Bishop Rodney Andrews, 69, plans to soar off into the wild blue yonder after he retires at the end of this month as the bishop of the diocese of Saskatoon. A licensed pilot, Bishop Andrews will fly with the ecumenical ministry, On Eagle’s Wings, which serves remote northern communities. He will also work as a part-time flight instructor.
Ordained for 46 years, one of the highlights of Bishop Andrews’ time in the diocese of Saskatoon was his Tractor Trek in the summer of 2005. He wanted to mark Saskatchewan’s centennial year along with that of the Anglican church in Saskatoon. Bishop Andrews got the idea of driving an antique John Deere tractor across the diocese as a fundraising activity for three causes. A third of the funds would go to The Primate’s World Relief and Development Fund. Another third would go to Saskatoon’s companion diocese in Guyana, which had been devastated by flooding. Finally, there was the Anglican children’s church camp north of Prince Albert. It needed a water system.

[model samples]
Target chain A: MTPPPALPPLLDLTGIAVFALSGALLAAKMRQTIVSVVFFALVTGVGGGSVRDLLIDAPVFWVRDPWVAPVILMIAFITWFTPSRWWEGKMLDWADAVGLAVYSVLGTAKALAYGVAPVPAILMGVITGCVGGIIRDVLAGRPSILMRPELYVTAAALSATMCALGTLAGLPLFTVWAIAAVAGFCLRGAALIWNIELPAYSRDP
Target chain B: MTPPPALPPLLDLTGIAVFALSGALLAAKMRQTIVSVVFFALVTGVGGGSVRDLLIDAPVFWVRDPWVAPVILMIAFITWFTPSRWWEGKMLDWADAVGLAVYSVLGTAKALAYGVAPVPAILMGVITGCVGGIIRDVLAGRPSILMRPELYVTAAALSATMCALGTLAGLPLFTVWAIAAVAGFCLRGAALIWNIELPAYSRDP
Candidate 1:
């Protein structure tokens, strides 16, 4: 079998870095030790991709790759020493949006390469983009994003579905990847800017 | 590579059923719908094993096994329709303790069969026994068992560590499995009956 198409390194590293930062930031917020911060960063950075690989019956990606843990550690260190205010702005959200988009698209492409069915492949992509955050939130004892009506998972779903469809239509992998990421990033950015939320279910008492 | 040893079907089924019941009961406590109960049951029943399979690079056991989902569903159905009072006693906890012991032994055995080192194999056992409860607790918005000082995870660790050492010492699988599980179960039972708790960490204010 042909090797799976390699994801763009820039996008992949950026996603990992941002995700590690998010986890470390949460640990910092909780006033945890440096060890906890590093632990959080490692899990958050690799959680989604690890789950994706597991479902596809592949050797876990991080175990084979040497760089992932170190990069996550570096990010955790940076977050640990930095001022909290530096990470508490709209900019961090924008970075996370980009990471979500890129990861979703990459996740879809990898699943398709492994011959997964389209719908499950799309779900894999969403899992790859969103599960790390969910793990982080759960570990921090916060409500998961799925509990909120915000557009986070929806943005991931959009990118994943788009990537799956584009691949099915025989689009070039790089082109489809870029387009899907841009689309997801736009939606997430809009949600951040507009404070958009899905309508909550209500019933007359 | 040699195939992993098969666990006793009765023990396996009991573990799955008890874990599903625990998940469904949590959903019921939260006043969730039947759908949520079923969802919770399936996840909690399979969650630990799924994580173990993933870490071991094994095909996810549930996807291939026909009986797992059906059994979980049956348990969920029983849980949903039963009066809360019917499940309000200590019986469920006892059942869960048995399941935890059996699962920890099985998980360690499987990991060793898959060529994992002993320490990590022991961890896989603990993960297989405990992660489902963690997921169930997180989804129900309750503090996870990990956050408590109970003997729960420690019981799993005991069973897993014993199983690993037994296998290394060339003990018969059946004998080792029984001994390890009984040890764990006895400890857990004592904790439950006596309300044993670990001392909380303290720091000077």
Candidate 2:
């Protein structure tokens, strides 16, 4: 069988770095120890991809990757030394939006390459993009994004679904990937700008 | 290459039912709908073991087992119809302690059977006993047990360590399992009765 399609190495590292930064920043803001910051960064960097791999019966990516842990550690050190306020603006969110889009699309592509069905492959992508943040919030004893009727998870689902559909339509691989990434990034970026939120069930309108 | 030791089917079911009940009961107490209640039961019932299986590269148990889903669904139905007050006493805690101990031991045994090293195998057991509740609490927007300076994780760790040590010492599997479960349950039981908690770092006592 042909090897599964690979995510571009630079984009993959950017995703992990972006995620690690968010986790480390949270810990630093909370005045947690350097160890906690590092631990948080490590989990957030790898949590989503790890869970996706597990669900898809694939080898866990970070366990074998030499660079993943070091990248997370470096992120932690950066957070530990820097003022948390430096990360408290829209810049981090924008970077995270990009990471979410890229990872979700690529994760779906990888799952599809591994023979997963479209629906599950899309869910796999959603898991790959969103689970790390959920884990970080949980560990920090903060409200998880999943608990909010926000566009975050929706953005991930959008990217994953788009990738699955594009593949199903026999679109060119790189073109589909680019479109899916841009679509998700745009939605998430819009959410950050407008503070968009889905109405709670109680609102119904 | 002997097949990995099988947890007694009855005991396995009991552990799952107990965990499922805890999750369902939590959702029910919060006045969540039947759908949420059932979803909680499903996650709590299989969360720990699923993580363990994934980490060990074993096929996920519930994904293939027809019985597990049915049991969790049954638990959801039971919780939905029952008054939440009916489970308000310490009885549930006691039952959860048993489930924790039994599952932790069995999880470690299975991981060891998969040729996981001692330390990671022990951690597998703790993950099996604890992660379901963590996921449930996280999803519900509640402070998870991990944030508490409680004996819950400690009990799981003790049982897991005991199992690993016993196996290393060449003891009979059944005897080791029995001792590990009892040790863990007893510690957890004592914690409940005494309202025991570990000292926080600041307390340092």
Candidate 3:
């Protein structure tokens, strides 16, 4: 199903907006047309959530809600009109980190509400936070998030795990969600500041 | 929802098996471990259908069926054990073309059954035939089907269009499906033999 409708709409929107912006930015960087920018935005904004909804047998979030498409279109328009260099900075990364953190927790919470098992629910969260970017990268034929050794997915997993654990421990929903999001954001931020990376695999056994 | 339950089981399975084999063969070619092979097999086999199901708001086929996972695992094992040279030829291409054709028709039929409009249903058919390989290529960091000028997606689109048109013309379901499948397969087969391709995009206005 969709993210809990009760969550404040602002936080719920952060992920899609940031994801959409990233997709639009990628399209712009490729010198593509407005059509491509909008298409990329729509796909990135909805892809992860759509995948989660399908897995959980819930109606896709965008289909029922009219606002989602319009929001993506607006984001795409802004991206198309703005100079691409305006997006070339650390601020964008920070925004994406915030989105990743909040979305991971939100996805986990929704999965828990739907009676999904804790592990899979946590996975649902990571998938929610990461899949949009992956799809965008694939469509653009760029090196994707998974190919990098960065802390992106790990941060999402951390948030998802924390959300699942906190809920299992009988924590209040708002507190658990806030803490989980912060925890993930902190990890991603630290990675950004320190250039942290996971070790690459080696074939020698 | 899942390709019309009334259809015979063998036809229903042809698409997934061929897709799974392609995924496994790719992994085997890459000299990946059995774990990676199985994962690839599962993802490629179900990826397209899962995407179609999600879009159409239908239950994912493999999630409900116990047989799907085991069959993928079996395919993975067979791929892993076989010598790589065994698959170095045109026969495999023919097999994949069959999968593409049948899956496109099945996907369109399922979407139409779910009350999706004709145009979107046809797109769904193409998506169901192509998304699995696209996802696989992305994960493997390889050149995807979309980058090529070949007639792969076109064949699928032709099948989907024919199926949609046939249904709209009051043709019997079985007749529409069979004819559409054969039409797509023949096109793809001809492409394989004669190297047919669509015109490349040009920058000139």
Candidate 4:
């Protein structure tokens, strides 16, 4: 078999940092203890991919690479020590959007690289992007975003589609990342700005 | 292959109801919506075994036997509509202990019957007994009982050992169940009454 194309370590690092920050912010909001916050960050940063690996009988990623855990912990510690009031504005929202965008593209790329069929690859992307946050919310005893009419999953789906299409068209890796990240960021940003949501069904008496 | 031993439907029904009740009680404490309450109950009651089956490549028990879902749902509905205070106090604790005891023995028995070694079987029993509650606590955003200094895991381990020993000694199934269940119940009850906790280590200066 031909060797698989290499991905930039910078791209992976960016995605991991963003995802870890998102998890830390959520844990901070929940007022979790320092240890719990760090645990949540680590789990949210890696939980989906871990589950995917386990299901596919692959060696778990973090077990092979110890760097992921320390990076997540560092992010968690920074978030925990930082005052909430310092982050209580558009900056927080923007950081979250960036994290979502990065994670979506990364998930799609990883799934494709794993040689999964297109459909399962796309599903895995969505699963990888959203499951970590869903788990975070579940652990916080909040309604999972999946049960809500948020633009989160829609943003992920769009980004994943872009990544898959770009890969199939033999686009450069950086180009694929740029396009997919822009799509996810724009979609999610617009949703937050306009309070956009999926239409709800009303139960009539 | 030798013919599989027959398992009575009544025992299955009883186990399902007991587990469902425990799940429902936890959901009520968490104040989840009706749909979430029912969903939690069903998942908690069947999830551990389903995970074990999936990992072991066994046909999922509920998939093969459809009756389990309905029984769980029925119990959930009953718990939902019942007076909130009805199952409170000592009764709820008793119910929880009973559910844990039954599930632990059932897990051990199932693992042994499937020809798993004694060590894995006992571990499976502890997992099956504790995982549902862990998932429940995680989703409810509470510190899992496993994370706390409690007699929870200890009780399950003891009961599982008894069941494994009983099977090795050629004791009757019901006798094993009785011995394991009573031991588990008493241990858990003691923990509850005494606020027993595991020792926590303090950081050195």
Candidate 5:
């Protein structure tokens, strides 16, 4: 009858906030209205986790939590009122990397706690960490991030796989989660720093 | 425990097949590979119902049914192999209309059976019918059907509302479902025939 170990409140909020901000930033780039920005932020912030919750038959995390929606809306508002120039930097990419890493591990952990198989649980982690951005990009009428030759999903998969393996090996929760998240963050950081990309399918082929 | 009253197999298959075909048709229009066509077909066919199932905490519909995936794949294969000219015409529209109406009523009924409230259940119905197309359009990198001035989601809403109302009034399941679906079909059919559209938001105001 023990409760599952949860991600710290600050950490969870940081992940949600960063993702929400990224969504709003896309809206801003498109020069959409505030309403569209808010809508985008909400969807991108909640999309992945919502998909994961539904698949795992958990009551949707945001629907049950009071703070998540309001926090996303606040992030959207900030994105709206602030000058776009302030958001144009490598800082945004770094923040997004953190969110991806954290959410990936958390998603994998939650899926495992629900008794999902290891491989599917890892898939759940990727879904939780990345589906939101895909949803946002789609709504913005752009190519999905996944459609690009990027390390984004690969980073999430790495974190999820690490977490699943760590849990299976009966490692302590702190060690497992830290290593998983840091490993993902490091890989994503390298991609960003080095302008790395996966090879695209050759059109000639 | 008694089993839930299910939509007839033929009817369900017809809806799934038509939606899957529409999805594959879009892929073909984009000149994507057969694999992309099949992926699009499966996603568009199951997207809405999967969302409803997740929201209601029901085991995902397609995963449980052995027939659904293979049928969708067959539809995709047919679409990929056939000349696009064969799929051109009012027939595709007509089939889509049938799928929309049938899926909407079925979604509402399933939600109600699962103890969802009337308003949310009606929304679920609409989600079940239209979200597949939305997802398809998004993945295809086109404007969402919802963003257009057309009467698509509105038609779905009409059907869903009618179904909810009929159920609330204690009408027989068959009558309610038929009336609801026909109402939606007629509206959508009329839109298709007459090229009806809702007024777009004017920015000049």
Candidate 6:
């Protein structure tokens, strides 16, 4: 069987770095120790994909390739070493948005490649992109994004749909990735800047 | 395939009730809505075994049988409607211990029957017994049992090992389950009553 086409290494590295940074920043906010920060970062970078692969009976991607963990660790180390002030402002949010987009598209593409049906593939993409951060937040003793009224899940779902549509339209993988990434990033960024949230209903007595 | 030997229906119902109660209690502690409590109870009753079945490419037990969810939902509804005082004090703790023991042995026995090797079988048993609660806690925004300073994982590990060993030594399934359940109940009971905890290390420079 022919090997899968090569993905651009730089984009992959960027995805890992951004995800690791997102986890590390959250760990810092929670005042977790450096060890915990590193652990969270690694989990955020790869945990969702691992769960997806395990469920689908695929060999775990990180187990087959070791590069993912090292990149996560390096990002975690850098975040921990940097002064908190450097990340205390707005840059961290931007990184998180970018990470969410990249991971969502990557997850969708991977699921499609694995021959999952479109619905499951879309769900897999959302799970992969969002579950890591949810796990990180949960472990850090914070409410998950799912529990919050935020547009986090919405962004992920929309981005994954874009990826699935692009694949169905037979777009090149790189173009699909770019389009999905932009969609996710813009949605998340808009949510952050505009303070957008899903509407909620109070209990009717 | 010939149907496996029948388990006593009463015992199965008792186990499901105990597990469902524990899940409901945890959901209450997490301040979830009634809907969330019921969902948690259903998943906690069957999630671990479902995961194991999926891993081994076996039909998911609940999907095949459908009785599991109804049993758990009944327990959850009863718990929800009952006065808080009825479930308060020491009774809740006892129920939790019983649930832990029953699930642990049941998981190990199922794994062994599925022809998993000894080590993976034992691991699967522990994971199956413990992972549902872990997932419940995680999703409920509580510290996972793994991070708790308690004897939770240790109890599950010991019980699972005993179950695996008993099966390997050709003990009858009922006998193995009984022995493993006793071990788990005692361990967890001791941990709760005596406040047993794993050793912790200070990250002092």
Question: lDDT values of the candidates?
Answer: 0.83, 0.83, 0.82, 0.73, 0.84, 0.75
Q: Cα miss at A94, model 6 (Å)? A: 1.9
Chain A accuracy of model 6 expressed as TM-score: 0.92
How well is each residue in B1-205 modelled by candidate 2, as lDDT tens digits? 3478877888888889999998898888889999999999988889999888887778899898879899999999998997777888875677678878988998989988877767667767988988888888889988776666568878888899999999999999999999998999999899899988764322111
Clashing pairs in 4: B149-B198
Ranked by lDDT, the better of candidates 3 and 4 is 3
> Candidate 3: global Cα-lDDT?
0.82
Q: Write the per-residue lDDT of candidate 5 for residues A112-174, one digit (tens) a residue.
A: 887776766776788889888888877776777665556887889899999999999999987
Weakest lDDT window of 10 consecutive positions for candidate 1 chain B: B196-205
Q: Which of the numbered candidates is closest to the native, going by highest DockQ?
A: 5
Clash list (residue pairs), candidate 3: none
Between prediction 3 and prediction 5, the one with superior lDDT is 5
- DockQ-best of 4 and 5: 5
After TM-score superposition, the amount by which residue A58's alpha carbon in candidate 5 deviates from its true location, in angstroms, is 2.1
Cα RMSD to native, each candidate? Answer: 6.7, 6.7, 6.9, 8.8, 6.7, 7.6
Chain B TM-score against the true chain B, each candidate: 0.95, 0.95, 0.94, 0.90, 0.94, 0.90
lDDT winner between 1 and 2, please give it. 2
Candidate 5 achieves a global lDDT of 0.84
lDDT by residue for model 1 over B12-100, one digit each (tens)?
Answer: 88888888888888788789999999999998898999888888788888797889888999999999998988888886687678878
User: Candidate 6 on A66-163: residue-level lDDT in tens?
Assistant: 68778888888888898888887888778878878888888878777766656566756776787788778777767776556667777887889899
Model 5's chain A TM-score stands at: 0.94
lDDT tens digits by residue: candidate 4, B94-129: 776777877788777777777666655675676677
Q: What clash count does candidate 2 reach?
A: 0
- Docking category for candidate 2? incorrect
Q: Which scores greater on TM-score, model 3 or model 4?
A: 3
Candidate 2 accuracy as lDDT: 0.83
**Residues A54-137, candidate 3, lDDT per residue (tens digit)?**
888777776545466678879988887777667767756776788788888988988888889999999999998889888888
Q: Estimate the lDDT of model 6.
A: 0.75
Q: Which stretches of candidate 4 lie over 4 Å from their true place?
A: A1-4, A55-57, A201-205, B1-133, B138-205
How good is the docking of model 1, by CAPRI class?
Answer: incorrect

Although Bishop Andrews admits he was a bit nervous when he first pitched his idea to a men’s group, the feedback was encouraging. One man told him, “Bishop, a dollar a mile.” That got things rolling. His two-week drive over 1,500 kms was the catalyst for 30 parish events along the way and the diocese raised $42,000.
Bishop Andrews also said that as prolocutor for General Synod when Archbishop Michael Peers was primate of the Anglican Church of Canada, he valued the opportunity to work with people in various parts of the country. He also served in the dioceses of Calgary, Montreal and Algoma, as rector, armed forces chaplain and executive archdeacon. In New Westminster, he served as Anglican chaplain at the University of British Columbia.
Returning to Saskatoon where he had attended theological college was a privilege, says Bishop Andrews, who plans to remain in the city, where his wife works as a nurse. “I cherish the relationships and friendships with people here,” he said.
Raised on a farm in Alberta, Bishop Andrews will also stay in touch with his rural roots. He plans to continue writing for The Country Guide, Canada’s national farm magazine, where he has been the resident clergy columnist for 15 years.